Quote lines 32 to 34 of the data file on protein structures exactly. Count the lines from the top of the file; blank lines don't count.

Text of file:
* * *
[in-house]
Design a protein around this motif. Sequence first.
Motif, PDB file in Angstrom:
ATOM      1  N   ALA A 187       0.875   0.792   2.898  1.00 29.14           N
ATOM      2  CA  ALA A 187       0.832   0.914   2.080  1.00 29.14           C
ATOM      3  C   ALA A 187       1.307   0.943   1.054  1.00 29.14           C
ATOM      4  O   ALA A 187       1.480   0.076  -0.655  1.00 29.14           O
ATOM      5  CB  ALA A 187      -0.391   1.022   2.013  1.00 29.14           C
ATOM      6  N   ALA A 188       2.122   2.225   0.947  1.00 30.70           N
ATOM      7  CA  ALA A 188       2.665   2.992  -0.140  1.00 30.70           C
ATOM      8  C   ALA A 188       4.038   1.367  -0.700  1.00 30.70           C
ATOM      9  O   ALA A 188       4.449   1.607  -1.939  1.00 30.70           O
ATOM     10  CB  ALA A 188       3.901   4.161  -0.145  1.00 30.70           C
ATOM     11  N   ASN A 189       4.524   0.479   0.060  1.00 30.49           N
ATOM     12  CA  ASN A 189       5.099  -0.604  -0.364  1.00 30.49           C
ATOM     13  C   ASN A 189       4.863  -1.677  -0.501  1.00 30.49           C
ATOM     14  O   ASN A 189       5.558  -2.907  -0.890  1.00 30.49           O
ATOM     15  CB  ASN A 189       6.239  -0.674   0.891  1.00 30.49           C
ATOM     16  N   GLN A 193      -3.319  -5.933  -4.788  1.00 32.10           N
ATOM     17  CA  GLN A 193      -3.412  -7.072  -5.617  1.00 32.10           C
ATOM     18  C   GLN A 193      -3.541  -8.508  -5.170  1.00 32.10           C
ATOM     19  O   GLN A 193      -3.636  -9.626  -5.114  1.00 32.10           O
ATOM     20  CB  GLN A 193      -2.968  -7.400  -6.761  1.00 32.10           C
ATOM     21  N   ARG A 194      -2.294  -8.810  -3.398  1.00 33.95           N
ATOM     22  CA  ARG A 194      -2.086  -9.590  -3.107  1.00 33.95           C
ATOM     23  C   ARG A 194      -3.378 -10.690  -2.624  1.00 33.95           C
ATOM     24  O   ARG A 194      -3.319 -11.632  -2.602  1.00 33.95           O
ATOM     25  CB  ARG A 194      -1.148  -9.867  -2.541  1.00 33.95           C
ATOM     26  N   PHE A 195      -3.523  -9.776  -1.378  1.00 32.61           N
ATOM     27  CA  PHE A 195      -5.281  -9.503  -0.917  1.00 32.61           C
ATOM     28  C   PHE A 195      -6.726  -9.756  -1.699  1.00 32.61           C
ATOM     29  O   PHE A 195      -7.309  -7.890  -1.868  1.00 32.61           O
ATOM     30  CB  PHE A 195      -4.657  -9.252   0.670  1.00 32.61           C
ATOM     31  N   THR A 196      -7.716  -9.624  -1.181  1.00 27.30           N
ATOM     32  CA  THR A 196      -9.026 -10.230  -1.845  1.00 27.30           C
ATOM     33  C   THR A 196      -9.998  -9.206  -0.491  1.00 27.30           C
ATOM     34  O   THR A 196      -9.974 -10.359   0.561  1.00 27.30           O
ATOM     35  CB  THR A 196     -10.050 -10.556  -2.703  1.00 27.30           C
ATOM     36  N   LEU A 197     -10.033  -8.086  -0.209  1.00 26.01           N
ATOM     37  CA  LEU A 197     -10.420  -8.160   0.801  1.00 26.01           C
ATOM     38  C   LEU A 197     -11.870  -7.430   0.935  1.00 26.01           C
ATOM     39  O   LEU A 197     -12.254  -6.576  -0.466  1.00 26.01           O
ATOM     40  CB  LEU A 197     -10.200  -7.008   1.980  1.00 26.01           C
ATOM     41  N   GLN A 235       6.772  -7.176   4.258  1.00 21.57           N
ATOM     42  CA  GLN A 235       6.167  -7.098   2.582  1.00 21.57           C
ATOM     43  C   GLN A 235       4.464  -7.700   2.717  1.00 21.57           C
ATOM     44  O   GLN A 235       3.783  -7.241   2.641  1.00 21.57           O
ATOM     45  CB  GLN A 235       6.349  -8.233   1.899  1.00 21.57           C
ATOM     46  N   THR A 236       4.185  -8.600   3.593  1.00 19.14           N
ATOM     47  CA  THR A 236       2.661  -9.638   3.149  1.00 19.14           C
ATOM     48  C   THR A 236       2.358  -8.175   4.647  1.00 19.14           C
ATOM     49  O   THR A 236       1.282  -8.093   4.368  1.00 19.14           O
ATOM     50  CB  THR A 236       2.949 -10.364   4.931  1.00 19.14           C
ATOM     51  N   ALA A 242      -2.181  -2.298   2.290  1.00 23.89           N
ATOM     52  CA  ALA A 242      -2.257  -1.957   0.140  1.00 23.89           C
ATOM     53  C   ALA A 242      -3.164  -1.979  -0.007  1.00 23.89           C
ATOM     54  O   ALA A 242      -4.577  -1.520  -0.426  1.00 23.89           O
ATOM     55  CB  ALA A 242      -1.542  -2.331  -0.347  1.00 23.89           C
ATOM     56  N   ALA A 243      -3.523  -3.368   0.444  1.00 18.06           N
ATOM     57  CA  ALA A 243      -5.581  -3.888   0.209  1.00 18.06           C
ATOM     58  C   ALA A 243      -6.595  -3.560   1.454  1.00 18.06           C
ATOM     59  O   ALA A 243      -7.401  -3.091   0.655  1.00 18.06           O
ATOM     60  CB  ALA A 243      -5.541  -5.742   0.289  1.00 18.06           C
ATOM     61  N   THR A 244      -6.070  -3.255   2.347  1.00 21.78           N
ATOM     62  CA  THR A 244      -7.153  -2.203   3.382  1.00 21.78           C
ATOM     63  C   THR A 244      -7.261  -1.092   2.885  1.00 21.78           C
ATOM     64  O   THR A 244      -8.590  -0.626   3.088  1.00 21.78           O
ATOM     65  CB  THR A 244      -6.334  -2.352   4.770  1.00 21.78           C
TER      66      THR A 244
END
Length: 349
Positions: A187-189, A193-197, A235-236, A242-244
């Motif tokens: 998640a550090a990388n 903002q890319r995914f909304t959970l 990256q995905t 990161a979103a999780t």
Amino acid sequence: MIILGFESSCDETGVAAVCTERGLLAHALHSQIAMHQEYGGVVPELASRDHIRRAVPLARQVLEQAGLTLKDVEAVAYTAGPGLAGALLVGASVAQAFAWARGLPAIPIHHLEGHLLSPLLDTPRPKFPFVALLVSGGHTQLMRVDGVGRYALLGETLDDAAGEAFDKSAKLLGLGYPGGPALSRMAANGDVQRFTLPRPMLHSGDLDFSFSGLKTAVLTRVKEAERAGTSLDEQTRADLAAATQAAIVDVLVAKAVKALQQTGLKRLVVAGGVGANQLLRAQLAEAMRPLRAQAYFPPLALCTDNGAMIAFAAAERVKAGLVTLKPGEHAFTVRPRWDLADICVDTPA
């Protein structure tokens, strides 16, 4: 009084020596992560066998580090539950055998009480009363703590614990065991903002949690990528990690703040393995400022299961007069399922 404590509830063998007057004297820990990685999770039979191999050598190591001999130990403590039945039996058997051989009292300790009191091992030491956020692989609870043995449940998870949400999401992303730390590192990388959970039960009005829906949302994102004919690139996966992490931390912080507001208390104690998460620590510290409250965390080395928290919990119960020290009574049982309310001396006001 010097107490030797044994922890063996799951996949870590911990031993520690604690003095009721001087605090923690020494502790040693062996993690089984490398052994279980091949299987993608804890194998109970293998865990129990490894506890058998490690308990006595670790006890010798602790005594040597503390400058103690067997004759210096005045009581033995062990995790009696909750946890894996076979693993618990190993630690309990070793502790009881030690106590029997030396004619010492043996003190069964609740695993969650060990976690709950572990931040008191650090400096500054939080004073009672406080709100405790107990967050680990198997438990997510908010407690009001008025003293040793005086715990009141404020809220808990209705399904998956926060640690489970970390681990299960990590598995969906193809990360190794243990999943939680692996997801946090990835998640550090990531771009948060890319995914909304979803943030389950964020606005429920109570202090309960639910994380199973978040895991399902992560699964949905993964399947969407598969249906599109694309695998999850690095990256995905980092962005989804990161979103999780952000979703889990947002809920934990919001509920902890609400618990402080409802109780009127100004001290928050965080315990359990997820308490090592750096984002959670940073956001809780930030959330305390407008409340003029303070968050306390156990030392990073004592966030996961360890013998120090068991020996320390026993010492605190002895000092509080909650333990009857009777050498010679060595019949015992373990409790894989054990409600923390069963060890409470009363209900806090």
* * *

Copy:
ATOM     29  O   PHE A 195      -7.309  -7.890  -1.868  1.00 32.61           O
ATOM     30  CB  PHE A 195      -4.657  -9.252   0.670  1.00 32.61           C
ATOM     31  N   THR A 196      -7.716  -9.624  -1.181  1.00 27.30           N